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Executive Summary for March 2nd

In this week’s executive summary for Women’s Advancement Deeply: Canada’s budget boost for feminist policy, securing land rights in the Muslim world and microfinance bounces back in India.

Published on March 2, 2018 Read time Approx. 2 minutes

Canada’s ‘Feminist’ Aid Policy Gets $2 Billion Boost

Canada has invested an extra CAD $2 billion ($1.6 billion) over the next five years in its “feminist” international assistance policy as part of a package of women-friendly budget measures.

International development minister Marie-Claude Bibeau launched the policy in June last year, but no further money was allocated at the time for the women and girls-focused aid program.

Humanitarian organizations in Canada have cautiously welcomed the injection of cash, but noted that the investment will barely keep up with inflation in coming years, and that the total budget is still far below other OECD countries.

Women’s Land Rights in the Muslim World

Women in the Muslim world face a number of barriers to being able to exercise full land rights, experts told the first ever Arab Land Conference this week.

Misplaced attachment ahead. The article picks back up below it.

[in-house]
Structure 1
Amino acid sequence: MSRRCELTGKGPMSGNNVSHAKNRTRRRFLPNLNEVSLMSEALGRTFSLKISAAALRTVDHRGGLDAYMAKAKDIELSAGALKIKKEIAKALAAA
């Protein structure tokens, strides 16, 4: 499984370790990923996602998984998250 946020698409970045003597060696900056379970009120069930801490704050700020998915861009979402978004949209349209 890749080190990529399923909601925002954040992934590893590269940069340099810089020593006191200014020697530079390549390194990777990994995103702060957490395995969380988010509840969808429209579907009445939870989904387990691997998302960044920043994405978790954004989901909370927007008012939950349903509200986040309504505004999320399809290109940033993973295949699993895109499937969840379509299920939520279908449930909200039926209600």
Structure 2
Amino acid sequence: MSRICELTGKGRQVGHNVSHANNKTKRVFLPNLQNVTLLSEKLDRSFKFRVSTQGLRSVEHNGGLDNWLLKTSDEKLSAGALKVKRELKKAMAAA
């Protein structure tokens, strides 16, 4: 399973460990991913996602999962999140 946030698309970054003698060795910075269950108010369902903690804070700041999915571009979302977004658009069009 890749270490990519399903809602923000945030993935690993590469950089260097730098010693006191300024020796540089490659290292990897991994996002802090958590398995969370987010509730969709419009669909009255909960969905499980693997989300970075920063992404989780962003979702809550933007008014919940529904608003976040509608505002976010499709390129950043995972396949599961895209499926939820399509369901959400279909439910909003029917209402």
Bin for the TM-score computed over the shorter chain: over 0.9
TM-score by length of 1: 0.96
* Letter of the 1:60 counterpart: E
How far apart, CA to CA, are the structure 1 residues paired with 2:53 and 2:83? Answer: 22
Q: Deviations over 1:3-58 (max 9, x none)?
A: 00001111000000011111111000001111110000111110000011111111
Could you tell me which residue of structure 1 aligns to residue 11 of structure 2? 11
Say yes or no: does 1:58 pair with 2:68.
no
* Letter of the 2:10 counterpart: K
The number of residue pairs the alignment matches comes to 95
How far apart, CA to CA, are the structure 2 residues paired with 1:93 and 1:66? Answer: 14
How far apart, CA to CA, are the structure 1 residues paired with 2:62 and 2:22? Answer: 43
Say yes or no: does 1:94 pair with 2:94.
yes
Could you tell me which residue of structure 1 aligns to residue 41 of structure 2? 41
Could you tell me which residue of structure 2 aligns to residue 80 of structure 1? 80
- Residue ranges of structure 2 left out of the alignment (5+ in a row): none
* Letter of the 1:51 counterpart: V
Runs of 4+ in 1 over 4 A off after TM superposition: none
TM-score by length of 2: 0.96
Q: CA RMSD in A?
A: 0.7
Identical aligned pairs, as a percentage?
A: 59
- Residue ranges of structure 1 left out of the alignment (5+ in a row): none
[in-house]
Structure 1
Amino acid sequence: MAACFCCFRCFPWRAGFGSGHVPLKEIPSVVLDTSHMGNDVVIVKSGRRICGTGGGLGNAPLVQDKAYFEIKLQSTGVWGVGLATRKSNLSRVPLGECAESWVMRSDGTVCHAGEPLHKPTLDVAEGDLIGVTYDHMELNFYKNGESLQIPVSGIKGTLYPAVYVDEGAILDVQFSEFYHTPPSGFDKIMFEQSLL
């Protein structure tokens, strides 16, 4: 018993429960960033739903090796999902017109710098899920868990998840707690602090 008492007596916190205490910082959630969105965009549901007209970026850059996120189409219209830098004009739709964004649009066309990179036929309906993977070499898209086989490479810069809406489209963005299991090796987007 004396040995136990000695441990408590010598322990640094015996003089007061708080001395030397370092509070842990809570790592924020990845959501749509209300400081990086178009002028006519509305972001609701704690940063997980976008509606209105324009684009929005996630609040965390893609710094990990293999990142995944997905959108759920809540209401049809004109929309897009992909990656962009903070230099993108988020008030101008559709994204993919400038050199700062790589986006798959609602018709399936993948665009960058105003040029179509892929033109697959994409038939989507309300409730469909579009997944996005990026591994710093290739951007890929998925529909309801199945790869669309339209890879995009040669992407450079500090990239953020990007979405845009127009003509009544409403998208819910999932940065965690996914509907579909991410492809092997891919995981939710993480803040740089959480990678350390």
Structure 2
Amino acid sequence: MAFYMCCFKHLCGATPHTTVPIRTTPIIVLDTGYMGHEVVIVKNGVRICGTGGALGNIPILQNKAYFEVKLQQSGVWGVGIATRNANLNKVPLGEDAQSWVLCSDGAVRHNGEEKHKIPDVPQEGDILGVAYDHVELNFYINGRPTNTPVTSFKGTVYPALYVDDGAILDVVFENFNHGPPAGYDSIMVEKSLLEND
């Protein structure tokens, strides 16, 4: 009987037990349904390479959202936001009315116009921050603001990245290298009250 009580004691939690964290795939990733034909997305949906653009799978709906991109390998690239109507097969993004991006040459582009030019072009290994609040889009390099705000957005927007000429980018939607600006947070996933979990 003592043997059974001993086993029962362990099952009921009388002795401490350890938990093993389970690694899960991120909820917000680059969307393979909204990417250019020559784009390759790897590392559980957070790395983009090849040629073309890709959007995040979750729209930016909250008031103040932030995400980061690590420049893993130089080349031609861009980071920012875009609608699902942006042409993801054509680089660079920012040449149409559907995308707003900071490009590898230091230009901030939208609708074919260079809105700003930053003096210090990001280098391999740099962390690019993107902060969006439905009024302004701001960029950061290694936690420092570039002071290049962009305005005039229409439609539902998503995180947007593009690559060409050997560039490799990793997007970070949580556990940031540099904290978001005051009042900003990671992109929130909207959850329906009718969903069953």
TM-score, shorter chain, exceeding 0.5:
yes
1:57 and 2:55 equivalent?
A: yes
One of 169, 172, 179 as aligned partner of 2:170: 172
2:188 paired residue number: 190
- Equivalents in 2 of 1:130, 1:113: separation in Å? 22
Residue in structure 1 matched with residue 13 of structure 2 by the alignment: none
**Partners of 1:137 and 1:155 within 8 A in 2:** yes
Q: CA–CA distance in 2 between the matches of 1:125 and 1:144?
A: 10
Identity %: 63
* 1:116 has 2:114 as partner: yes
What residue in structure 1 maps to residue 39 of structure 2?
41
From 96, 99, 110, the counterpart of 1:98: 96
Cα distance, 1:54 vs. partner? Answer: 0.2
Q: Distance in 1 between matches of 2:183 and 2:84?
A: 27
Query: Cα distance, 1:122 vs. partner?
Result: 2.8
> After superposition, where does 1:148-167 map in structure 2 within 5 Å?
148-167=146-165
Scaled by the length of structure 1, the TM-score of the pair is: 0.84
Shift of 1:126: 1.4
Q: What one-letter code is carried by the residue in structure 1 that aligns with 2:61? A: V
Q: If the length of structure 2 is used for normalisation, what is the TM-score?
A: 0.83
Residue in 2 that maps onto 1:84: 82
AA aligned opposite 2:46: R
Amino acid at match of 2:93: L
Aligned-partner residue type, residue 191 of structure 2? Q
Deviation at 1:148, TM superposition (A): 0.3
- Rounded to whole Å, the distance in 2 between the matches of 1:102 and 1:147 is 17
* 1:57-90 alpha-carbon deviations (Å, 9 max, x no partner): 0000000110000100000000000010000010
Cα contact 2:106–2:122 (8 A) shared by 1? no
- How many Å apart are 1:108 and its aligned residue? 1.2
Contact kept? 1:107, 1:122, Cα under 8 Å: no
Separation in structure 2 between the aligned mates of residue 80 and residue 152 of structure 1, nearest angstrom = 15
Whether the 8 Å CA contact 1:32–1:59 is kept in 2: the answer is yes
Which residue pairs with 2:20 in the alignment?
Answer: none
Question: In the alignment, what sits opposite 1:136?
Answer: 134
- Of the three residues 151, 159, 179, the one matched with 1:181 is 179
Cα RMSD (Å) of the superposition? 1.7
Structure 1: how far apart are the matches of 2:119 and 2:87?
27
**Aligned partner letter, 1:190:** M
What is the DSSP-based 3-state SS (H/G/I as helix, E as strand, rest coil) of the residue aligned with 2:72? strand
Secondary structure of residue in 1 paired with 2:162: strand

A report from the Global Land Tool Network, launched at the conference in Dubai, recommended a suite of measures to increase women’s access to land in Muslim countries, where conflicting national and cultural legal systems can shut them out of holding or inheriting property.

The report’s authors highlight the importance of raising awareness around rights to land that women already hold, and ending the stigma against women who assert those rights. Other recommendations included investing in dispute resolution mechanisms, implementing joint registration of ownership for married couples and strengthening women’s rights to use land in cases where they are only able to access it through their male relatives.

Microfinance Bounces Back After Demonetization

India’s microfinance industry is recovering from the effects of a banknote ban, which plunged it into crisis in 2016.

Between October and December 2017, the number of loans handed out by microfinance lenders increased by 61 percent to 6.7 million, and the total amount of loans jumped by 98 percent to 150 billion rupees ($2.3 billion).

The industry was hit hard by Prime Minister Narendra Modi’s decision to take two of India’s largest notes – 500 rupees and 1,000 rupees – out of circulation in November 2016. Women’s self-help groups represent a major part of the lending industry, and can rely on cash to repay their loans.

In an interview with the Press Trust of India on the one-year anniversary of the announcement, Manoj Nambiar, managing director of microfinance provider Arohan Financial Services, said women had been worst affected by the banknote ban. “Demonetization has severely affected the poor women, as they were not being able to repay in the old Rs 500 and Rs 1,000 currency notes … As a result, they were failing in paying the installments.”

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